The Future of Innovation Ecosystems

This is an early version of a post that I’m developing, shared now to make it convenient to share the links. I’ll be adding more analysis of the various plans in the future and update the resources. I would appreciate comments and suggestions for additional content.

The last couple years have seen an evolution and maturing of innovation ecosystem awareness and startup community activity. Early ad hoc efforts have transitioned to support an economic sector generating broader public polity interest and practitioner training. This community movement outside of traditional startup communities such as Boulder, San Jose, and Boston, has roots in the Rise of the Rest work lead by AOL cofounder Steve Case and the Startup Champions; and the work of the Kauffman Foundation that has moved to formalize public policy initiatives and the career field of startup community organizers. I’ve started to capture some of these groups and their policy documents below for reference and to guide policy makers and legislatures who are learning about the work.

This work builds on my previous interests in the integration of the investors and a startup community that I called the “Fargo Strategy and developed further with my work in Serbia along with the development of a strategy to purposely connect core community events in a figurative and literal “Year of Innovation” and an integrated “innovation stack”. In the future I’m hoping to offer some additional analysis of the newer plans listed below and justification for my thesis that there is a new generation of innovation ecosystem coming that will build on this current work with more integration between existing market economy, the startup community, and the civic economy. Hawaii is an example of an early pathfinder that saw the potential in refocusing innovation as an “economic sector”. Their adoption of the sector perspective was one of the cornerstones in my learning about innovation as an economic strategy. The illustration below shows a view of how the startup community or “emerging businesses” in the traditional startup community and innovation ecosystem model has offered a weak tie to the existing civic and market economies.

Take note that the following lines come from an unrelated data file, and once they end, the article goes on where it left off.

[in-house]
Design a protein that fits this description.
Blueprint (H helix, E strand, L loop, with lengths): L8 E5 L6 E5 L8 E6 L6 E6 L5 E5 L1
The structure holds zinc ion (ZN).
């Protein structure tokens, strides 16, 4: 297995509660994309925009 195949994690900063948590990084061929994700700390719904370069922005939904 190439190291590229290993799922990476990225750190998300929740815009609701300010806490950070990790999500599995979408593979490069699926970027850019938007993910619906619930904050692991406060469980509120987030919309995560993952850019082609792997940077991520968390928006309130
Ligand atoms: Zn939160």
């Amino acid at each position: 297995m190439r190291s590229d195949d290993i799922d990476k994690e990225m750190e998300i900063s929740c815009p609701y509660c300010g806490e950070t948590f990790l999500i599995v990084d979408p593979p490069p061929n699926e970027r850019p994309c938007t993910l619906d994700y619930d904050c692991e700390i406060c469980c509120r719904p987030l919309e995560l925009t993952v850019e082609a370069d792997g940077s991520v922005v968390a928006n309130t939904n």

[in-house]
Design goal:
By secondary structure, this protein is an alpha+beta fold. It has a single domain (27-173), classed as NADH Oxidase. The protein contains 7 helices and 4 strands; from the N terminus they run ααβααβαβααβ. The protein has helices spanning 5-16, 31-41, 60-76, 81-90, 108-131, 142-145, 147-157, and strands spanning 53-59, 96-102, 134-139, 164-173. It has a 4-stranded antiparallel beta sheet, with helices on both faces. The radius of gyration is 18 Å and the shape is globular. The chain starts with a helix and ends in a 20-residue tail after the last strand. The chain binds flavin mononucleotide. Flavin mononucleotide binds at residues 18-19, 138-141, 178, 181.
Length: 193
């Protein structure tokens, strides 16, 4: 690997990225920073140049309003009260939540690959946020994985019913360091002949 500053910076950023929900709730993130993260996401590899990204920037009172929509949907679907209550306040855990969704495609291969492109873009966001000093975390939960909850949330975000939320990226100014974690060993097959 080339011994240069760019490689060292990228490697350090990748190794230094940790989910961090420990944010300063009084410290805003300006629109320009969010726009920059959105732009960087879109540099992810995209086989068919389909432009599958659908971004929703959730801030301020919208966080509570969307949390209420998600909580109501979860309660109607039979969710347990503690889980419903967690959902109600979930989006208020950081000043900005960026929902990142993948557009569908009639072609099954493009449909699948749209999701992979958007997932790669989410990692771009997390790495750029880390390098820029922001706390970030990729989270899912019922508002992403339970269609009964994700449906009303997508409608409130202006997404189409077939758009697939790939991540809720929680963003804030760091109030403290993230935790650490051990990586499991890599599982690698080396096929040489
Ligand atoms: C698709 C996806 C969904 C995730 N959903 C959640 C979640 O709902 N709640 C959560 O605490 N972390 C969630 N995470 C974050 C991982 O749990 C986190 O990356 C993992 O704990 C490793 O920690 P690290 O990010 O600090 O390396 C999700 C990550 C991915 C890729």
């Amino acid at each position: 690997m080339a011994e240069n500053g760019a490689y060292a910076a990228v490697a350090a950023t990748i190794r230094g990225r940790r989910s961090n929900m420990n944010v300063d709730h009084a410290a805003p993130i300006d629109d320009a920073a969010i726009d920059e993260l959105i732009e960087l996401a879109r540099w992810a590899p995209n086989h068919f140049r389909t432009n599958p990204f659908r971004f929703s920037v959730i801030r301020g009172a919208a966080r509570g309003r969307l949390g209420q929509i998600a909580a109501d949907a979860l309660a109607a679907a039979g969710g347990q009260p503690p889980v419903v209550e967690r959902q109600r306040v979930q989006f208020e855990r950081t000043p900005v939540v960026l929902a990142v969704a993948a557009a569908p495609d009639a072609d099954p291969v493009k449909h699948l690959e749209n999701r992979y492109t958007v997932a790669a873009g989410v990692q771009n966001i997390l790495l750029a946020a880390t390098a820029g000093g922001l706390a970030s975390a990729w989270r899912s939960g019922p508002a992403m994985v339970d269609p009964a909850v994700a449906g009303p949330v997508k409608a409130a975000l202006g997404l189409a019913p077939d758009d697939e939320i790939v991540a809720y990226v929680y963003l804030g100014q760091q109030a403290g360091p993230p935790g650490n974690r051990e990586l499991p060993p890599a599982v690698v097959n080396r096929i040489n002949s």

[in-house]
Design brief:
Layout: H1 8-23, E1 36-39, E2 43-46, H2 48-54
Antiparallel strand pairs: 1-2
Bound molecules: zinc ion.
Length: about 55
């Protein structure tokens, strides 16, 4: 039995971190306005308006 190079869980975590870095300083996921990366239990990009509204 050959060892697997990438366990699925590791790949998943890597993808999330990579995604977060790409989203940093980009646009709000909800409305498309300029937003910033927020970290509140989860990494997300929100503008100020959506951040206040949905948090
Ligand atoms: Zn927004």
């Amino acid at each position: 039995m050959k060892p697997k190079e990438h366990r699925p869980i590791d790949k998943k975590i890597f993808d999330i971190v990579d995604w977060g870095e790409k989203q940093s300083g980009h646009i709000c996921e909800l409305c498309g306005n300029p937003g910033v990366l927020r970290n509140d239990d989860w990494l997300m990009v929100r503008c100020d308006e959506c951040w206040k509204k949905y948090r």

The following illustration suggests the future of community innovation ecosystems driven by benefits of closer connections between the emerging businesses and the existing civic and market economies. Newer works such as Brad Felds’ Startup Community Way book, listed below, that is an update on his earlier work are starting to capture this new model. In this emerging model, typical early stage activities include Community Sprints and sponsored Community Challenges that engage and connect a community around problems that matter and “impact innovation” work. I’m currently researching the field of “innovation economics” for more information to help justify why this is not just a good idea, but that it makes practical and economic sense to accelerate the next generation of innovation economy.